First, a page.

14. 14. https://digitalresearchtools.pbworks.com
  15. 15. Sharing – the defining concept• Opening scholarship through sharing• Sharing as multiplying, not dividing• Sharing used to mean exchange, now means exchange AND distribution• Forms of sharing (Latour) – Intermediaries transport messages (content, code, meaning) with-out transforming them. – Mediators transform, translate, distort, and modify the meaning or the elements they carry Wittel, A (2011) Qualities of Sharing and their Transformations in the Digital Age in International Review of Information Ethics Vol. 15 (09/2011)
  16. 16. What to do - minimum time & effortCollect & share what you find useful Use Twitter for work!
  17. 17. Social bookmarkingStore your bookmarks on the web & share• Delicious• CiteUlike• Diigo• 2collab• Connate• Mendeley
  18. 18. Delicious
  19. 19. “Curation”• http://socialcompare.com/en/comparison/curation-platforms-amplify-knowledge-plaza-storify Other curation tools
  20. 20. Get going on Twitter
  21. 21. Some Twitter guidelines• Get into a routine• It is legit to retweet your tweets especially if rephrased• Provide updates from special events• Use hashtags• Follow others / reciprocate• Promote your Twitter profile through your email signature, business card, blog posts etc.• Being careful with Twitter• Tweet about each new publication, website update or new blog that the project completes.• Ask for feedback• Link to a URL of publication, presentation, podcast etc• Tweet about new developments of interest• Retweet interesting material• Use Twitter for ‘crowd sourcing’ research activities Mollet, A; Moran, D and Dunleavy, P (2011) Using Twitter in university research, teaching and impact activities, LSE Research Online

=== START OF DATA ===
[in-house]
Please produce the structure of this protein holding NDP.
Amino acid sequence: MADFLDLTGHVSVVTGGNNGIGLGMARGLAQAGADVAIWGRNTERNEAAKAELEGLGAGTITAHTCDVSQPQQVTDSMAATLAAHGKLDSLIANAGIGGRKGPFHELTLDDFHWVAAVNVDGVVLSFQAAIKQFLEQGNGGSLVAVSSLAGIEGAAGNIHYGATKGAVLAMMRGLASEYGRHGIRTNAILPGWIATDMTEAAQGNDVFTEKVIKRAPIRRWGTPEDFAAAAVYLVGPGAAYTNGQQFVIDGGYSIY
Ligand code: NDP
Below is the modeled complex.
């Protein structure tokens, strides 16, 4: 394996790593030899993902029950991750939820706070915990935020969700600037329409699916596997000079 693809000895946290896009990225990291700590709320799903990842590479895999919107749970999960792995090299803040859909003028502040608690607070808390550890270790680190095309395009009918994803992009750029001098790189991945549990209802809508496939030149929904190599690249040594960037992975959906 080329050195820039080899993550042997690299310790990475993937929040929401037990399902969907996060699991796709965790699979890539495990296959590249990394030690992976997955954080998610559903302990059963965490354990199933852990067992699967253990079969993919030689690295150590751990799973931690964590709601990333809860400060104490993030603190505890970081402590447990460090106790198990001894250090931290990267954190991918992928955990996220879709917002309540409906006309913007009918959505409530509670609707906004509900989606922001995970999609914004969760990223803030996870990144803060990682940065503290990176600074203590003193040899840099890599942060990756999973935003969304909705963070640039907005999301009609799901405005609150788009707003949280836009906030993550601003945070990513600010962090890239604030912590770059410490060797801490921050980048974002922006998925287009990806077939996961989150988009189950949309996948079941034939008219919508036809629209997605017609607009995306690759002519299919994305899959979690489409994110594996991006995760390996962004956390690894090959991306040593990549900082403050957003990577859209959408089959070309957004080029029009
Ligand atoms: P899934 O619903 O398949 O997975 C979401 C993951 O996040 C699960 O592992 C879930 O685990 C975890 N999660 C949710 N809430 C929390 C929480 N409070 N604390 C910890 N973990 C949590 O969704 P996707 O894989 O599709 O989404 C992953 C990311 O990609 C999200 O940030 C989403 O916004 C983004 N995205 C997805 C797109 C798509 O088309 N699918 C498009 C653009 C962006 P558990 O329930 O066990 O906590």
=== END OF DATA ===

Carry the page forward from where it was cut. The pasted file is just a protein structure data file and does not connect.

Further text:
22. 22. What to do -more time and effort Develop a voice – blog Get your stuff online Maximise discoverability
  23. 23. Blogging as a scholarly activity• Create a blog – Wordpress, Livejournal, Blogger, Typepad• Find a blog – Google Blog Search, Blogcatalogue, technorati• Blog aggregators – Research blogging
  24. 24. http://pubs.acs.org/cen/science/87/8733sci3.html
  25. 25. http://blogs.lse.ac.uk/impactofsocialsciences/2011/09/26/blogging-to-print/
  26. 26. Go as open as you can• Put everything you can online – Check out Sherpa Romeo for publisher archiving policies• Archive – in repositories – In subject portals and aggregators• Publish in open access journals
  27. 27. Slideshare
  28. 28. Open access & increased citations • Open access publishing increases visibility, the opportunity for use and the possibility of impact. • Majority of studies have shown an increase in citations arising from open access. • Of the 35 studies surveyed, 27 have shown a citations advantage (the % increase ranges from 45% increase to as high as 600%), with only 4 showing no advantageSwan A (2010) The Open Access Citation Advantage: Studies and Results to Date. Available at http://eprints.ecs.soton.ac.uk/18516/
  29. 29. Maximise discoverabilityTake metadata seriously “Well said! "metadata is a love note to the future" from @textfiles talk via @nypl_labs & @kissa ne http://t.co/FjvCLVUZ
  30. 30. Improving searchability• Blogs and websites can be submitted to these top search engine directories for free – Dmoz at http://www.dmoz.org/; – Hit Web Directory at http://www.hitwebdirectory.com/; – Search Site at – http://www.the-search-site.com/ and – Jayde at http://www.jayde.com/submit.html.
  31. 31. Broaden impact
  32. 32. ThanksLaura.czerniewicz@uct.ac.za